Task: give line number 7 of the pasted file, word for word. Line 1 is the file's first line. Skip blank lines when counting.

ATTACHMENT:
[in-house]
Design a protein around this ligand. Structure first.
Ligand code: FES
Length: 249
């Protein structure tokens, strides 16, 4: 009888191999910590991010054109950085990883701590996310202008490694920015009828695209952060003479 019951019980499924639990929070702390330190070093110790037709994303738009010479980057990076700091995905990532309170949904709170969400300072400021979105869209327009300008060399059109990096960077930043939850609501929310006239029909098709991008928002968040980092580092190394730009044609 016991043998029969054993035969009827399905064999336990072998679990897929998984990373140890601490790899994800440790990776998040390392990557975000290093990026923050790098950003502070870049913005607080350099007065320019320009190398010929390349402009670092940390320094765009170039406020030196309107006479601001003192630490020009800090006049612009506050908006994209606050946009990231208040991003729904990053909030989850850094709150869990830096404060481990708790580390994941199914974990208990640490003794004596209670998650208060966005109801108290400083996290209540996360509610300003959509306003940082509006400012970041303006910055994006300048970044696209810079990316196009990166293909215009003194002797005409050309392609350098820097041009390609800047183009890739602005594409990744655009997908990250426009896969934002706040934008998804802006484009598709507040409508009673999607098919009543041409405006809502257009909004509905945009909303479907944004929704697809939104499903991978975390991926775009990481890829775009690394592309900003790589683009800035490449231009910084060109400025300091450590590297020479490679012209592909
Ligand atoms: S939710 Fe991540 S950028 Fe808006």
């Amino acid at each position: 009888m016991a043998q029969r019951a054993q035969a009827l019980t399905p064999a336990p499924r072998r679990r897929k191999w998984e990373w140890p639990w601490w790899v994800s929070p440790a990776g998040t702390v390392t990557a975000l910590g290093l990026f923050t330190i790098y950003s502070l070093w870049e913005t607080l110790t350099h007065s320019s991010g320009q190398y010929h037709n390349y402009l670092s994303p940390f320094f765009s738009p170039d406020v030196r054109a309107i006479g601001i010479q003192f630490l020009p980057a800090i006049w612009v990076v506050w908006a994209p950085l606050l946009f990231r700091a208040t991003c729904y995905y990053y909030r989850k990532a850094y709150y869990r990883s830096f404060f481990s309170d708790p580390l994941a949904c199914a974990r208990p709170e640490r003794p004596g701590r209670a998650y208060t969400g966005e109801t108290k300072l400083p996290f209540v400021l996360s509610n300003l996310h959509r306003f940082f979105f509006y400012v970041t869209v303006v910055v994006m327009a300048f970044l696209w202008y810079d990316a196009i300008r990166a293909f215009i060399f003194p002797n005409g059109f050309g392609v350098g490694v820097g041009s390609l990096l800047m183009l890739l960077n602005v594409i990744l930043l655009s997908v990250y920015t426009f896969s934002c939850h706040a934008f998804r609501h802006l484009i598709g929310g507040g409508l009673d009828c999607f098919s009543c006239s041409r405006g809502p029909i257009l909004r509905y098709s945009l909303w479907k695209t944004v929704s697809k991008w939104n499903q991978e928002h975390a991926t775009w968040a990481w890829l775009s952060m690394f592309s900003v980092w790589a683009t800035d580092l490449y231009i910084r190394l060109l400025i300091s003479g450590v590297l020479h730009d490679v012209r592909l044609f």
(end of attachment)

């Amino acid at each position: 009888m016991a043998q029969r019951a054993q035969a009827l019980t399905p064999a336990p499924r072998r679990r897929k191999w998984e990373w140890p639990w601490w790899v994800s929070p440790a990776g998040t702390v390392t990557a975000l910590g290093l990026f923050t330190i790098y950003s502070l070093w870049e913005t607080l110790t350099h007065s320019s991010g320009q190398y010929h037709n390349y402009l670092s994303p940390f320094f765009s738009p170039d406020v030196r054109a309107i006479g601001i010479q003192f630490l020009p980057a800090i006049w612009v990076v506050w908006a994209p950085l606050l946009f990231r700091a208040t991003c729904y995905y990053y909030r989850k990532a850094y709150y869990r990883s830096f404060f481990s309170d708790p580390l994941a949904c199914a974990r208990p709170e640490r003794p004596g701590r209670a998650y208060t969400g966005e109801t108290k300072l400083p996290f209540v400021l996360s509610n300003l996310h959509r306003f940082f979105f509006y400012v970041t869209v303006v910055v994006m327009a300048f970044l696209w202008y810079d990316a196009i300008r990166a293909f215009i060399f003194p002797n005409g059109f050309g392609v350098g490694v820097g041009s390609l990096l800047m183009l890739l960077n602005v594409i990744l930043l655009s997908v990250y920015t426009f896969s934002c939850h706040a934008f998804r609501h802006l484009i598709g929310g507040g409508l009673d009828c999607f098919s009543c006239s041409r405006g809502p029909i257009l909004r509905y098709s945009l909303w479907k695209t944004v929704s697809k991008w939104n499903q991978e928002h975390a991926t775009w968040a990481w890829l775009s952060m690394f592309s900003v980092w790589a683009t800035d580092l490449y231009i910084r190394l060109l400025i300091s003479g450590v590297l020479h730009d490679v012209r592909l044609f």